|One of the benefits of the girls getting|
older is that they are able to help out more. Here
is Frances yesterday, on her way up the mast to
pass a line through a block.
The question stuck with me because for a long time I couldn’t come up with an answer that rang true. At the time I told her it was a bid to make money, that the blog would help sustain us in the adventure-filled, income-absent life we were getting ourselves into. I planned to write diligently and we’d develop a readership and then I’d sell advertising and we’d be on easy street.
We did develop a readership— thousands of you from all over the world—and I realized then I had no interest in monetizing our site. I don’t like the aesthetic of ads, I don’t want to ask for donations, and I don’t want to hawk or endorse stuff for compensation--any more than my good friend with her Midwestern sensibilities would want to broadcast her life on the internet.
And so her question lingered. This blog thing is hard work after all. And all the time I spend working on this is time I could spend with the family I’m writing about. But I write on. Why?
Underlying Jana’s question is the assumption that people who blog about their lives are an extension of our culture that progressively over-shares. How different am I than the desperate, celebrity-obsessed, look-at-me folks who clamor for the spotlight, the folks willing to drink a glass of pureed maggots on a TV reality show for the sake of being on a TV reality show?
I’d say very different.
I almost settled with the answer that I’m a writer damn it, and writers write. I’ve never thought of myself as a storyteller, but I do have a human need to share and I thoroughly enjoy the work of organizing my thoughts and the time to do so that writing affords. But that answer addresses only the question of why I write, not why I blog about our life. After all, I could do a whole lot of writing (and I do) without a blog.
In 2010 I was blown away by the enormity of what we were preparing to do and I had a keen desire to share it with other people. Every aspect of it was interesting to me and writing about it was fun. But I don’t want to write in a vacuum. The reading side of the equation is the necessary carrot at the end of the stick. Writers need readers.
And it’s a good thing the readers came because the excitement dimmed. Today, the novelty of what we are doing, how we are living, has worn off. I still love it all, but it feels normal. Now the readership is one of the reasons I write this blog. We regularly get emails from people who are inspired by what I’ve written or who simply appreciate reading it. That kind of feedback is very motivating. I’m pleased as punch when I see that more people are reading this month than were the previous month. I didn’t hesitate when Cruising World offered to repost our blog on their site.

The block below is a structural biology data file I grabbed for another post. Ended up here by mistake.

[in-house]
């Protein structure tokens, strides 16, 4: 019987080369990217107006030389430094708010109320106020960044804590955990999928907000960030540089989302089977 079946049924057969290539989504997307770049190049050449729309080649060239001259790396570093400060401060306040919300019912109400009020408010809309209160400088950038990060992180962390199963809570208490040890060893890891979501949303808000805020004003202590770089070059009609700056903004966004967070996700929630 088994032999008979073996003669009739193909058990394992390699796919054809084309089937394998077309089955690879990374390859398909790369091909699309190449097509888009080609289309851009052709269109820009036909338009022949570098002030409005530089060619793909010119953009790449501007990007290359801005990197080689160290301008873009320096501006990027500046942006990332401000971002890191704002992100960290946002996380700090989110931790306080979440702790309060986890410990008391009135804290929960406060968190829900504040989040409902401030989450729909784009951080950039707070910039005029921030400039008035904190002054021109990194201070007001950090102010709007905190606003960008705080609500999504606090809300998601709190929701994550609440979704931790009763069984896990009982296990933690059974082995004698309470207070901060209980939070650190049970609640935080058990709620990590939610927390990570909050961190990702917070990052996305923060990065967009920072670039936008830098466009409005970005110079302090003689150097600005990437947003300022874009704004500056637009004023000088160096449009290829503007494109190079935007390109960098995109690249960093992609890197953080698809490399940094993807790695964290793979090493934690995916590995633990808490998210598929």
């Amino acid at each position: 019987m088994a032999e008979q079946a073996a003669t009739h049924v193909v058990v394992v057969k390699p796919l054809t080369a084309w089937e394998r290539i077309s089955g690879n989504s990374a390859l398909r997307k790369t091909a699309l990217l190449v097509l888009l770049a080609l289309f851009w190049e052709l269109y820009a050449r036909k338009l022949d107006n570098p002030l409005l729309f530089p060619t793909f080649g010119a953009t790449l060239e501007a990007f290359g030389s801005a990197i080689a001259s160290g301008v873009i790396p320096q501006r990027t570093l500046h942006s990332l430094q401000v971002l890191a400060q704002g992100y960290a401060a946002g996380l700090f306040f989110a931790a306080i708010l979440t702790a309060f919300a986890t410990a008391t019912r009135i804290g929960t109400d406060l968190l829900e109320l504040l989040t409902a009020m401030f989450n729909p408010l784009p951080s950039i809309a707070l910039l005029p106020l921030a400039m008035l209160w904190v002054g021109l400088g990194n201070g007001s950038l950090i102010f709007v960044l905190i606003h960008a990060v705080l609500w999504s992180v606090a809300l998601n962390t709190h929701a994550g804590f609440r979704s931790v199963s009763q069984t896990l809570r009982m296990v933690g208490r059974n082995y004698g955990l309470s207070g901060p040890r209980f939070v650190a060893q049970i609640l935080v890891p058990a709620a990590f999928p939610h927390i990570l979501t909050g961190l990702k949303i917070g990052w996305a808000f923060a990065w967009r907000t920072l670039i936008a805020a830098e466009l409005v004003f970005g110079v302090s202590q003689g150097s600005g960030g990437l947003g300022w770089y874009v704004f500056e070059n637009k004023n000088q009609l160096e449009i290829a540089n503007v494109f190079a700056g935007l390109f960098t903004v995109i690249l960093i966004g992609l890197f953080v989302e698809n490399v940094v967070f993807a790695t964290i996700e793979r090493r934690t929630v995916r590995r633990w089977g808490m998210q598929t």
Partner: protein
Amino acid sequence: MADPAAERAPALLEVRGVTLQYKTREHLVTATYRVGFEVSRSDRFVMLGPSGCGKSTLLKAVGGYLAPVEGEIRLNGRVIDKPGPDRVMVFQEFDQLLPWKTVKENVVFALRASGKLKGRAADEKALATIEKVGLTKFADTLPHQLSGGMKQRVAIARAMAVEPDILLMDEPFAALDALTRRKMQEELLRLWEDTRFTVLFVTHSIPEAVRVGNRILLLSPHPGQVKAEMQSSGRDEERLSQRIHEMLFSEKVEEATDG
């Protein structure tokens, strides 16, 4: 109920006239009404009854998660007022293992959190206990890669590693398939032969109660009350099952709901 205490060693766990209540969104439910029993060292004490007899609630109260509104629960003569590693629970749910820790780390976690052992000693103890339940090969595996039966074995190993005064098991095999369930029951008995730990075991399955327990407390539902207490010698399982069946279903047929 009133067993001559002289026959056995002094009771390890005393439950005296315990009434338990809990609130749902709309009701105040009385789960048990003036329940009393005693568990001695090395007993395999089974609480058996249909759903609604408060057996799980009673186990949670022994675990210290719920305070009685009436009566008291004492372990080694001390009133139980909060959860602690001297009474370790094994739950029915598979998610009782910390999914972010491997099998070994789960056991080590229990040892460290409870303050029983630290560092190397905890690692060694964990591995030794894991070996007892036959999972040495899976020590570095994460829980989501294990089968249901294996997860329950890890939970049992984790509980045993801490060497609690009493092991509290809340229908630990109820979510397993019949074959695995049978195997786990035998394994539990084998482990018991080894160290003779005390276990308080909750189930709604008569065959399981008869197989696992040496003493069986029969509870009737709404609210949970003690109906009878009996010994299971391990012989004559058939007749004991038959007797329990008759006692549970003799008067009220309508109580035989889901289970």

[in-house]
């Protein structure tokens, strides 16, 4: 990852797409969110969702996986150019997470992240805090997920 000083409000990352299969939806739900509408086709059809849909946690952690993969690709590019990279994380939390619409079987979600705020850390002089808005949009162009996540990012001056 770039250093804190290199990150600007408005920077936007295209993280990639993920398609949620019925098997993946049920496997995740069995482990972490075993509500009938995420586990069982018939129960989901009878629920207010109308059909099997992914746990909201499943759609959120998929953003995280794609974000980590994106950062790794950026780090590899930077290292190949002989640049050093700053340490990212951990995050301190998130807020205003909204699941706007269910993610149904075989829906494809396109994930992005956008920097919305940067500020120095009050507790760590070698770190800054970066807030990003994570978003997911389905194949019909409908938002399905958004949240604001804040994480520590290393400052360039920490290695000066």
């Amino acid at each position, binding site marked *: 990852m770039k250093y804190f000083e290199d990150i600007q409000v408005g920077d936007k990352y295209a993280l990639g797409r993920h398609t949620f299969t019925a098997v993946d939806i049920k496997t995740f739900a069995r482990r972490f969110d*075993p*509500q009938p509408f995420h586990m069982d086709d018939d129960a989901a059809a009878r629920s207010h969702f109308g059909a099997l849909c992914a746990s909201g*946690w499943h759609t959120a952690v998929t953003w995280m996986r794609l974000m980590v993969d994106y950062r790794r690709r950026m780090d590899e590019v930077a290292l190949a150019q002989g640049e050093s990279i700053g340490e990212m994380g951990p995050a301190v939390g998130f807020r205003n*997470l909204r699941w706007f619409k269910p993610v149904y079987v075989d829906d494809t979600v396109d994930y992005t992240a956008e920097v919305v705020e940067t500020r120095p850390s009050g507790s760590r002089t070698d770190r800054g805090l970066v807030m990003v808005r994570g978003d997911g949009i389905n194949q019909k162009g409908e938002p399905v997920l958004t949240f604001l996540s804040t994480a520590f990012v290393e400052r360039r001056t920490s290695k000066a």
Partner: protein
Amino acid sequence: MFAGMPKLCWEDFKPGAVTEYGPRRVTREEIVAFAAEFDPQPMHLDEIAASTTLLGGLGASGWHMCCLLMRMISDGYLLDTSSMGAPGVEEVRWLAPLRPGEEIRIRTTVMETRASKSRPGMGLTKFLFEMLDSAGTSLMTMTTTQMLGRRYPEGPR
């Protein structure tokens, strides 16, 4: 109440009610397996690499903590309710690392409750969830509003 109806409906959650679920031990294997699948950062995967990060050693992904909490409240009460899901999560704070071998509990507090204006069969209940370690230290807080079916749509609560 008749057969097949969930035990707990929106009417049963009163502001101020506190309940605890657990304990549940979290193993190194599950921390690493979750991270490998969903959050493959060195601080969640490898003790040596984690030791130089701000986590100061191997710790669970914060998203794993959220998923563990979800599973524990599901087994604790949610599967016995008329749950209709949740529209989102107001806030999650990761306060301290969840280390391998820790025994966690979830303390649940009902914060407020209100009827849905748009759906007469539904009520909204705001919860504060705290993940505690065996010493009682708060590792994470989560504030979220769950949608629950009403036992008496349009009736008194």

I wondered about others’ motivations and I queried a half-dozen cruising bloggers, putting Jana’s question to them. I received great, thoughtful responses, all of them echoing my own thoughts on the reasons and benefits of blogging:
- We all started our blog as a way to keep family and friends we were leaving behind up-to-date. Now we write for strangers as well.
- We all love writing and see our blog as a playground for writing, a place to get the writing exercise necessary to improve writing skills.
- We all write to preserve the memories. Like us, others look back on their own posts from a year or two ago and it’s like revisiting a faraway place and time. The transient nature of this life changes us all. We meet a lot of people and see and experience a lot, ever-changing. The blog is an attempt to capture that for ourselves.
- We write for community. Seldom is chance the reason we run into other families doing this same thing. It is because of blogging that we’ve met (in person or virtually) other families afloat. Our lives have been enriched by friendships we’ve made only because of this blog.
- It’s gratifying to write a post and then receive positive feedback from a perfect stranger. Another cruising writer said it best: “Impacting people and hearing back from them when I've made a connection gives me a sense of belonging and relevance.”
This age of information we're living in has some serious drawbacks, but I think these aspects are dwarfed by our new abilities to know each other more easily, to learn from each other and to gain perspective. Cruising blogs are as common as boat cards, thousands of vagabond sailors are out here sharing their experiences with strangers. Before we left, I was a reader. The stories and information people shared inspired and informed me. Now here I am, sharing our life so publically, with perfect strangers.
|This is Waterhoen in Alaska, our friend and his crew aboard. He is|
also Dutch and headed south to Mexico next year where we hope to
rendezvous. Already these Alaska scenes we woke to every morning
for months now seem foreign and distant.
|The girls spend hours making odd videos of themselves.|